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There are a lot of reboots being released in theaters these days, with varying results. Jose Padilha's remake of RoboCop is better than most, with a fun and explosive, but still somewhat thoughtful, take on the original Verhoeven picture.
The titular RoboCop, Detective Alex Murphy (Joel Kinnaman) along with his partner Jack (Michael K. Williams), is doggedly pursuing the crime boss Antoine Vallon (Patrick Garrow) in an investigation that isn't exactly sanctioned by his superiors. Meanwhile, the country is in the grip of an intense debate over the use of drones and robots for police work, something that behemoth OmniCorp does all over the world, but is illegal in the U.S. OmniCorp CEO Raymond Sellars (Michael Keaton) is pushing hard to get his robots in the country, with the help of rabble rousing political commentator Pat Novak (Samuel L. Jackson), but Congress won't allow it. A solution presents itself when Murphy is severely injured by a car bomb.
OmniCorp offers to rebuild him, but they want some positive PR out of the deal, so they're putting him back out on the streets of Detroit to do police work. But he's just not responding as quickly as the straight robots. So, they start to make modifications. Lower his emotions, put the computer in more control, etc. It doesn't work out quite as anyone would like.
The nice thing about RoboCop, as a reboot, is that they didn't try to duplicate the original. This is really a completely different story, with different themes and emphases. This iteration is more about free will and its constraints, and what really makes a man a man. Sure, there's some corporate malfeasance and crime commentary, but that's secondary to the exploration of Murphy as a person dealing with very difficult circumstances. Plus, there are plenty of explosions, gunfights, fraught encounters, betrayals, etc. The film pleases on many levels. In fact, I wish that more reboots would take the approach of, "Hey, let's just write a decent script and get really great actors for even the small roles." That's a formula I could get behind. I mean, Jackie Earle Haley, Michael Keaton, Samuel L. Jackson, Gary Oldman, Jay Baruchel, and even Doug Urbanski. A lot of these aren't huge roles, but they got solid performers for them.
The biggest problem I had with RoboCop was that the climaxes (there were a couple) were a bit of a letdown. Neither of the highly charged confrontations had much of an impact, and had more of a "not with a bang but a whimper" feel to them. In other areas, the writing was quite good, if at the expected level for a whiz bang action film. But they didn't seem to quite know how to finish things, and as a result the film is somewhat emotionally unsatisfying.
It's not a total loss, though. The ride is fun. And at almost two hours, the film doesn't drag or have a squishy middle. The audience is always drawn right along with the action. The production values are top notch, the effects are great (there are only a couple of cheesy CGI shots, at least cheesy enough for the viewer to notice), the performances are great, and the story is better than average. In short, this is a pretty good film if you want to leave your brain at the door and just have a good time.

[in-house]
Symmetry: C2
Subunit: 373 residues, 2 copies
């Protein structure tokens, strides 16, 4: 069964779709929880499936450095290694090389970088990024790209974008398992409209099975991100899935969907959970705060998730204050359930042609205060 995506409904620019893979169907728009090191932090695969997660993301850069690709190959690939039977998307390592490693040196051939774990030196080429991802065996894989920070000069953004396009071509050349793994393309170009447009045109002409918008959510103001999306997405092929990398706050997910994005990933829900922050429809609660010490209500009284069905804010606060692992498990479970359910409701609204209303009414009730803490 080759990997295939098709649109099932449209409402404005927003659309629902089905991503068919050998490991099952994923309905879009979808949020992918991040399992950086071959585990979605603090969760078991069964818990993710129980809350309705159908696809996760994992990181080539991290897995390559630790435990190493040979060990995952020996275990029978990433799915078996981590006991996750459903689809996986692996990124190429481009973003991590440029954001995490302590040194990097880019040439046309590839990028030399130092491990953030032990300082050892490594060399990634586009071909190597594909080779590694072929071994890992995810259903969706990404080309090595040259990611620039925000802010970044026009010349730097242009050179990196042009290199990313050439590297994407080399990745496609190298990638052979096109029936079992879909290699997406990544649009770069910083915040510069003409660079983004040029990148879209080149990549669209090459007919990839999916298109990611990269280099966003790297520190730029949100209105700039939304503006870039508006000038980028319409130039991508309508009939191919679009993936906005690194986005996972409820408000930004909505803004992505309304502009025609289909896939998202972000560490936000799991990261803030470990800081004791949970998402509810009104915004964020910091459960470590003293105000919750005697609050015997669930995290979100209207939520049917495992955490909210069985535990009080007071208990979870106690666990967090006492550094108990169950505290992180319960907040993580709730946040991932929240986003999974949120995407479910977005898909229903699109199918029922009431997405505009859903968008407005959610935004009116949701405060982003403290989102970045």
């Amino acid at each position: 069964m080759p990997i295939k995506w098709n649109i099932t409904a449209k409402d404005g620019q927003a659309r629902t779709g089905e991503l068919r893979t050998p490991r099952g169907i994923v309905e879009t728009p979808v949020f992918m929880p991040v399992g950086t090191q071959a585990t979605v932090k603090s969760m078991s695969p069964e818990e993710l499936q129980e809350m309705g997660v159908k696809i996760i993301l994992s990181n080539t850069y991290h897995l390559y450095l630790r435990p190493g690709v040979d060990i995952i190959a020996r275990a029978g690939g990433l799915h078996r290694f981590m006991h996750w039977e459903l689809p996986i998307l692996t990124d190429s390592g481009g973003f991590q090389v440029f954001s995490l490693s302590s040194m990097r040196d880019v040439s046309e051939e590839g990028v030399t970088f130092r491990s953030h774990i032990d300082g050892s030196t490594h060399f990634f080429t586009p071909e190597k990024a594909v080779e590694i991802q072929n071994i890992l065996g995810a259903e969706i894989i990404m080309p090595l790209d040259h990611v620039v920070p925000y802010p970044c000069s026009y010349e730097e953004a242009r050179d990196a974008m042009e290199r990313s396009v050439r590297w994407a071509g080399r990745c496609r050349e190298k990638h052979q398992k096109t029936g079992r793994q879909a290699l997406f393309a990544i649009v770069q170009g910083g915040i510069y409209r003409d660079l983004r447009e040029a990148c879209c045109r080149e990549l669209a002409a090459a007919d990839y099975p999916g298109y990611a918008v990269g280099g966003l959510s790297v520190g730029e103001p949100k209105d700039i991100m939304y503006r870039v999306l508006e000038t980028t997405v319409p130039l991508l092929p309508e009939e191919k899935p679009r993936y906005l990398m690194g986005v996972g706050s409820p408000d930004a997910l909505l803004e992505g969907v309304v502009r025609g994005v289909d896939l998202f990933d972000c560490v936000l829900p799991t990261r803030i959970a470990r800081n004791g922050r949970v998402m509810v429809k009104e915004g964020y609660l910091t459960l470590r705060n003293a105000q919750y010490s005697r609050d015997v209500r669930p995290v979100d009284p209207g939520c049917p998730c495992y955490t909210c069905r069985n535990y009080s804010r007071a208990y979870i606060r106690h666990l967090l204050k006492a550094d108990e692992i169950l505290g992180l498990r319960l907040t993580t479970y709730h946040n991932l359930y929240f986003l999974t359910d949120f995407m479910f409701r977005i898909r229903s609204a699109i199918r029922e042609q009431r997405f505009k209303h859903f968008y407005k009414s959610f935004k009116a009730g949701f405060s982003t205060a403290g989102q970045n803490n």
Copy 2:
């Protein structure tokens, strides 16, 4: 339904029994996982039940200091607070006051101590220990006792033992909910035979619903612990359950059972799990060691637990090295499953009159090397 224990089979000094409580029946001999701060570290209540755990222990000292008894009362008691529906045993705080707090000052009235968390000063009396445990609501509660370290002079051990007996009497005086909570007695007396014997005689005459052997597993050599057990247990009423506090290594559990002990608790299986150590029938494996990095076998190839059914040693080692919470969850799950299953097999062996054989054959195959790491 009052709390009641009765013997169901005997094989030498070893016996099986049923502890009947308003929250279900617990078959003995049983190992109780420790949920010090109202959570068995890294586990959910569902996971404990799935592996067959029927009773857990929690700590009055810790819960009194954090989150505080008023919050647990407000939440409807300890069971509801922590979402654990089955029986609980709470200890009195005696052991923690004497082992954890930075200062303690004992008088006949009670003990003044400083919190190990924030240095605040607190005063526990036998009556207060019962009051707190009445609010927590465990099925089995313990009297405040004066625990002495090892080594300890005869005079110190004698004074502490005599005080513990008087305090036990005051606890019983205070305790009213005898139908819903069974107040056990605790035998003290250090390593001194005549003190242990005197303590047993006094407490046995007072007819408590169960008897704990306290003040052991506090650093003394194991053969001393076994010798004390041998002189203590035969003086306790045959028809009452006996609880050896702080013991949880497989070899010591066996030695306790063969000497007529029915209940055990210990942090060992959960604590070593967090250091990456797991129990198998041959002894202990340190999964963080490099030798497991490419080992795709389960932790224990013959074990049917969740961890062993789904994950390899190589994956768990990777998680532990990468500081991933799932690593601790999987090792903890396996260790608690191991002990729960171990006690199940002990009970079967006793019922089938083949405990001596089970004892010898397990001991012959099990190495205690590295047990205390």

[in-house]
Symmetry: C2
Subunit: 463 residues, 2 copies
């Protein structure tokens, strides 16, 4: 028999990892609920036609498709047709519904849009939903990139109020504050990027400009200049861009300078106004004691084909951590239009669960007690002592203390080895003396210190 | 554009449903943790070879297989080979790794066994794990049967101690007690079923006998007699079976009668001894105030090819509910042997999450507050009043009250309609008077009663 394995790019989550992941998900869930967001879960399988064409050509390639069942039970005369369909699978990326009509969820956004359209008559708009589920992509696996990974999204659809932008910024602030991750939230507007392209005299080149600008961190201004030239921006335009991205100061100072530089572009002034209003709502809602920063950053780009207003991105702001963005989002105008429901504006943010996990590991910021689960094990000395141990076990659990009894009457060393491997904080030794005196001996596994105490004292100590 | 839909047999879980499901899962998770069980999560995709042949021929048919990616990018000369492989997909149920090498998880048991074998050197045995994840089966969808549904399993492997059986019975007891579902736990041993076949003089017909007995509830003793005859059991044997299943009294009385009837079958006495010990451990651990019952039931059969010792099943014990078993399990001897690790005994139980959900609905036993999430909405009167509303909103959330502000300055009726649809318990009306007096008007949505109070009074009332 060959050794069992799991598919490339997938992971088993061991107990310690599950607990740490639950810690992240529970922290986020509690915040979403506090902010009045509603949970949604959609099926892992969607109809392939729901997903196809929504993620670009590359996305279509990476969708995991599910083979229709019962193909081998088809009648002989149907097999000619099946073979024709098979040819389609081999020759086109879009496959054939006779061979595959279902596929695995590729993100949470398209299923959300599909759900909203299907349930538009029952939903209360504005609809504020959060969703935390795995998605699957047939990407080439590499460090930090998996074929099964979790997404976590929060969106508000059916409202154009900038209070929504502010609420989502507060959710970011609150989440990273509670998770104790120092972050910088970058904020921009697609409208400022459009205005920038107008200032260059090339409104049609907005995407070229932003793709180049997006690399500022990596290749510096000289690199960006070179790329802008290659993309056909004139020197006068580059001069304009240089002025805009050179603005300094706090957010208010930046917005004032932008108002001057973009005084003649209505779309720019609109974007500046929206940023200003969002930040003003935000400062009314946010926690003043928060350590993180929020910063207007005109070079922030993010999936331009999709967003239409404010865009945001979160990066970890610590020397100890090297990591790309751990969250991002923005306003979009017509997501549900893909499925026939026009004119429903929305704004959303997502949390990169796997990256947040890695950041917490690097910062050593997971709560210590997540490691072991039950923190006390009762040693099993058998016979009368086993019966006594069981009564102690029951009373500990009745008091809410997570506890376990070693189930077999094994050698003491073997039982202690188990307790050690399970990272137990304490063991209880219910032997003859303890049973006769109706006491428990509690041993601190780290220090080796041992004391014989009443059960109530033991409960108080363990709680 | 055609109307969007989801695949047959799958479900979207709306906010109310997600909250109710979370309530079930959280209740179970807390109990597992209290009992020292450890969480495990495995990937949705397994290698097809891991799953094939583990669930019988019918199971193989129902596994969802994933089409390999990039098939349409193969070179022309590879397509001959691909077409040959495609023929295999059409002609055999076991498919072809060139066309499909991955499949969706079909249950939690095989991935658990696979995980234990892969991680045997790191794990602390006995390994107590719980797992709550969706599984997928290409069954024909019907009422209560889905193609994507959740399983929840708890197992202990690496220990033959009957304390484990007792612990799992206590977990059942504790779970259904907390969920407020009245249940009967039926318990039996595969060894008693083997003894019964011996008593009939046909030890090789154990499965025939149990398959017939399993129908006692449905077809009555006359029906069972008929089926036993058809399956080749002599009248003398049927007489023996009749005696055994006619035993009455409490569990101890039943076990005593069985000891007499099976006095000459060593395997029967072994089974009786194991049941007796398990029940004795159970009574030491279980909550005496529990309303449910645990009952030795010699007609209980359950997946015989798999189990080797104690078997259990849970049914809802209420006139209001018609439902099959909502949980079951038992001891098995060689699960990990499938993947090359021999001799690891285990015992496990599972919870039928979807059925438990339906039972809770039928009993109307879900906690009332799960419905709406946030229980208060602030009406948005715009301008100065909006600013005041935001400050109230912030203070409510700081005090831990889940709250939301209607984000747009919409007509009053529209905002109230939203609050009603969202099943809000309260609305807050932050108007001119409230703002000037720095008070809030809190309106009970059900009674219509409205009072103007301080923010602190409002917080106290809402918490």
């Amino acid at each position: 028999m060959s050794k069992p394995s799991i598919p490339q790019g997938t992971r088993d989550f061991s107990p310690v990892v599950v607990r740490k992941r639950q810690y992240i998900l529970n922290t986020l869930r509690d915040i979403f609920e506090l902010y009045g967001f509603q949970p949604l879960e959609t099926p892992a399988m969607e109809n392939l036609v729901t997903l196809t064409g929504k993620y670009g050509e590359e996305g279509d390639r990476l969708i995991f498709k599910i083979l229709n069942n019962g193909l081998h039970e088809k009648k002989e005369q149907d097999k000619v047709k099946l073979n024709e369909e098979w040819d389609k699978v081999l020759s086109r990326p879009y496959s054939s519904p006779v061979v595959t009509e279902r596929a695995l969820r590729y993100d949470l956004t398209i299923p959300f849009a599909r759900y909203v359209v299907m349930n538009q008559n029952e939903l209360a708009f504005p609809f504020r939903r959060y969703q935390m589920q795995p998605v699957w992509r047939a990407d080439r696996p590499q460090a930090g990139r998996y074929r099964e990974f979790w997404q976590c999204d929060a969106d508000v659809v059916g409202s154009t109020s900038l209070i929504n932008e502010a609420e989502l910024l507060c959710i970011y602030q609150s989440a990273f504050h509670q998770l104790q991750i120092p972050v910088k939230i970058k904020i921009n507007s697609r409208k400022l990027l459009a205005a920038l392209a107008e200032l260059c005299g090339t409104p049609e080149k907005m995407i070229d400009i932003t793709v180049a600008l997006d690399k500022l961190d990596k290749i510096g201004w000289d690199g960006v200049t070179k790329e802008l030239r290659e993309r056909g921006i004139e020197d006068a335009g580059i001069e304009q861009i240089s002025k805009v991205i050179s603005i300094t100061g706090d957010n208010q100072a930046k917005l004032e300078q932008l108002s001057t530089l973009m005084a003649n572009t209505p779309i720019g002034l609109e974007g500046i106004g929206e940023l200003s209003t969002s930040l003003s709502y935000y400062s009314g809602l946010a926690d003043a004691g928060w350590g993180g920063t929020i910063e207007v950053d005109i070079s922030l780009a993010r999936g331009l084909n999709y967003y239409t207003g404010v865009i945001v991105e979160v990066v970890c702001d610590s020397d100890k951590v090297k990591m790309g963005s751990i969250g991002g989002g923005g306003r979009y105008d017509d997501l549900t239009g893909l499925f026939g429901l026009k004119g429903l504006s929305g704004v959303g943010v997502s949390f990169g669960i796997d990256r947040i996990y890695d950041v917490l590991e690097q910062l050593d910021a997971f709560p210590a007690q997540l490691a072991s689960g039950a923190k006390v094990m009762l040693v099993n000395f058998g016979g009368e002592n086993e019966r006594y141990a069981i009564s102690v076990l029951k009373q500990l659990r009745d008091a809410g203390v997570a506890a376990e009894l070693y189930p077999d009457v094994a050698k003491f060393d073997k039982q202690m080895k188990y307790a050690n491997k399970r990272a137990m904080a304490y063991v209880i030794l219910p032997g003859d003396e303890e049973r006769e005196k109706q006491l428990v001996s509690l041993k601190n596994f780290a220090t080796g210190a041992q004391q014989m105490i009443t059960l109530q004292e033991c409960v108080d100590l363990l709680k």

RoboCop is quite good as far as reboots go, and you'll enjoy yourself as long as your standards aren't unreasonably high. You couldn't ask for a better cast, or a more slickly produced film. If you're looking for more thoughtful than normal action, this is the film for you. Highly recommended.
Video is 2.40:1 widescreen, and it looks very good. The image is very bright and crisp, with a wide palette of colors, which varies from location to location. Lots of browns and earth tones in the Tehran scenes. Lush greens in China, lots of chrome and blue for the industrial labs. This is a very good looking film.
Audio is available in English DTS HD Master Audio 5.1 channel, Spanish Dolby Digital 5.1, English descriptive audio, and many other audio tracks. There is no hiss or other problem with the sound, and it's encompassing during the action scenes. The dialogue is always clearly audible, and there are subtitles in English, Spanish, Vietnamese, Portuguese and many others.
There are a few extras on the disc. They are:
Five deleted scenes are included, running to just about four minutes. Presumably they were cut for time. There's nothing jarring or out of place, and they're mildly interesting.
OmniCorp Product Announcement
These are several fake commercials for OmniCorp products, including the drones, robots, and a couple of versions of the RoboCop itself.
RoboCop: Engineered for the 21st Century
This is a making of feature, essentially, that runs to almost thirty minutes. It details how Padilha came to make RoboCop, his thought processes, the design of the weapons, motorcycle and robosuit. There are lots of interviews and behind the scenes footage. This is quite interesting.
Theatrical Trailer 1
This is a fairly standard trailer, clocking in at 2:12.
Theatrical Trailer 2
This is also a pretty standard trailer, but is more evocative and effective than the first.
RoboCop is a fresh take on the original, thoughtful but still with plenty of excitement and action. It's not perfect, but close enough for a summer thrill ride. There are a lot of great actors giving great performances stuffed into the film. Any movie with Doug Urbanski is worth it just to watch him work, and he's got one of the smallest roles in the show. Check it out, and spend a couple of enjoyable hours.